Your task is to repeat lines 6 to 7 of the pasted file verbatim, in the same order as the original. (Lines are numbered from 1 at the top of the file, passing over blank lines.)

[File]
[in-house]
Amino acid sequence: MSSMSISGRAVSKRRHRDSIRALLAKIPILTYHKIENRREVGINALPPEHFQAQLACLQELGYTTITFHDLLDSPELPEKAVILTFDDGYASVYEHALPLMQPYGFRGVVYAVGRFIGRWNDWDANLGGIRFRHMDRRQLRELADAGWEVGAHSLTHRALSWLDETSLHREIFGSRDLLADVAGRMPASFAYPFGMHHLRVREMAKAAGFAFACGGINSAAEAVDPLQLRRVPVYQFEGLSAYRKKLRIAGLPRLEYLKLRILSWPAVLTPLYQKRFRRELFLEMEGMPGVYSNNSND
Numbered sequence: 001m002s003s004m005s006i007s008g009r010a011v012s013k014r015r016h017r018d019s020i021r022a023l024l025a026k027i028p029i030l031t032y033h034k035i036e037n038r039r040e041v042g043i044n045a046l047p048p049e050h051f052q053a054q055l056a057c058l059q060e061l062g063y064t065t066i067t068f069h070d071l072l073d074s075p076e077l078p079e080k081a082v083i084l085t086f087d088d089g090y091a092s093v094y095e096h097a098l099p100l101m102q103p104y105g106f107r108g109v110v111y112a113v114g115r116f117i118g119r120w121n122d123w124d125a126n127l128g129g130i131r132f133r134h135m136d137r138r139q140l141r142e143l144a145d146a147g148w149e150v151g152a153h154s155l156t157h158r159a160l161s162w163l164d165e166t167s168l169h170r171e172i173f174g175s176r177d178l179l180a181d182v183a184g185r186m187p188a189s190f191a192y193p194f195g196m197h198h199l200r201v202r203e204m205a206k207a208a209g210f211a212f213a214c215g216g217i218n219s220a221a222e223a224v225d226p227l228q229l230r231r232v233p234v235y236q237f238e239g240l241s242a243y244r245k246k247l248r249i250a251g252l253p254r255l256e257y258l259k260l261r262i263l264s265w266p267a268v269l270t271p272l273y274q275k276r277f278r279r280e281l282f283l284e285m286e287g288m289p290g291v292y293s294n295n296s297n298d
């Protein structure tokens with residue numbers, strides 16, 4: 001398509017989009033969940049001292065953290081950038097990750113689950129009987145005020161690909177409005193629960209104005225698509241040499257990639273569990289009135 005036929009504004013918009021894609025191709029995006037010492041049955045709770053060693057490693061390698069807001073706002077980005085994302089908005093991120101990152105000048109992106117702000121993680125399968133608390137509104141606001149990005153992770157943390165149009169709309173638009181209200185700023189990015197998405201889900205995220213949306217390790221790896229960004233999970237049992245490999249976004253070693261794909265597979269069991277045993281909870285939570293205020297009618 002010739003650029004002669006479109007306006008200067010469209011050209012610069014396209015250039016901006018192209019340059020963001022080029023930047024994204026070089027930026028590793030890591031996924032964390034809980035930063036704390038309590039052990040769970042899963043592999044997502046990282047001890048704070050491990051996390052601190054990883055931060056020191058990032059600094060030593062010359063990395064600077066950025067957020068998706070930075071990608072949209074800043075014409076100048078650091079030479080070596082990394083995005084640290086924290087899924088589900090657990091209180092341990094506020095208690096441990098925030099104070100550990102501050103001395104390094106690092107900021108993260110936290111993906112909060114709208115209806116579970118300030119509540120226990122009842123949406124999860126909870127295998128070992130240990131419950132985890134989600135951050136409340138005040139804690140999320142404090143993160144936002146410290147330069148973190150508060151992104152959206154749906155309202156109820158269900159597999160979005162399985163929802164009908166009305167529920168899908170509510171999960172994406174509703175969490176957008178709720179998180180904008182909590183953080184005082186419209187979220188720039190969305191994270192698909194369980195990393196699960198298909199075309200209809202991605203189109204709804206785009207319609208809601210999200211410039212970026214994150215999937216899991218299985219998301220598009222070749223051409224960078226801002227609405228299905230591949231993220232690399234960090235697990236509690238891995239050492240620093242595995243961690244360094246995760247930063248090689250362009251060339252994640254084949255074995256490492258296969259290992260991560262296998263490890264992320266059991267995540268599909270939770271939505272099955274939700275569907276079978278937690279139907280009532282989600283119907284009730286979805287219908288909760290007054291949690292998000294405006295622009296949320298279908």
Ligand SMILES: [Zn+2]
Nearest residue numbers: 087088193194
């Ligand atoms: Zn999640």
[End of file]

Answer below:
Nearest residue numbers: 087088193194
């Ligand atoms: Zn999640």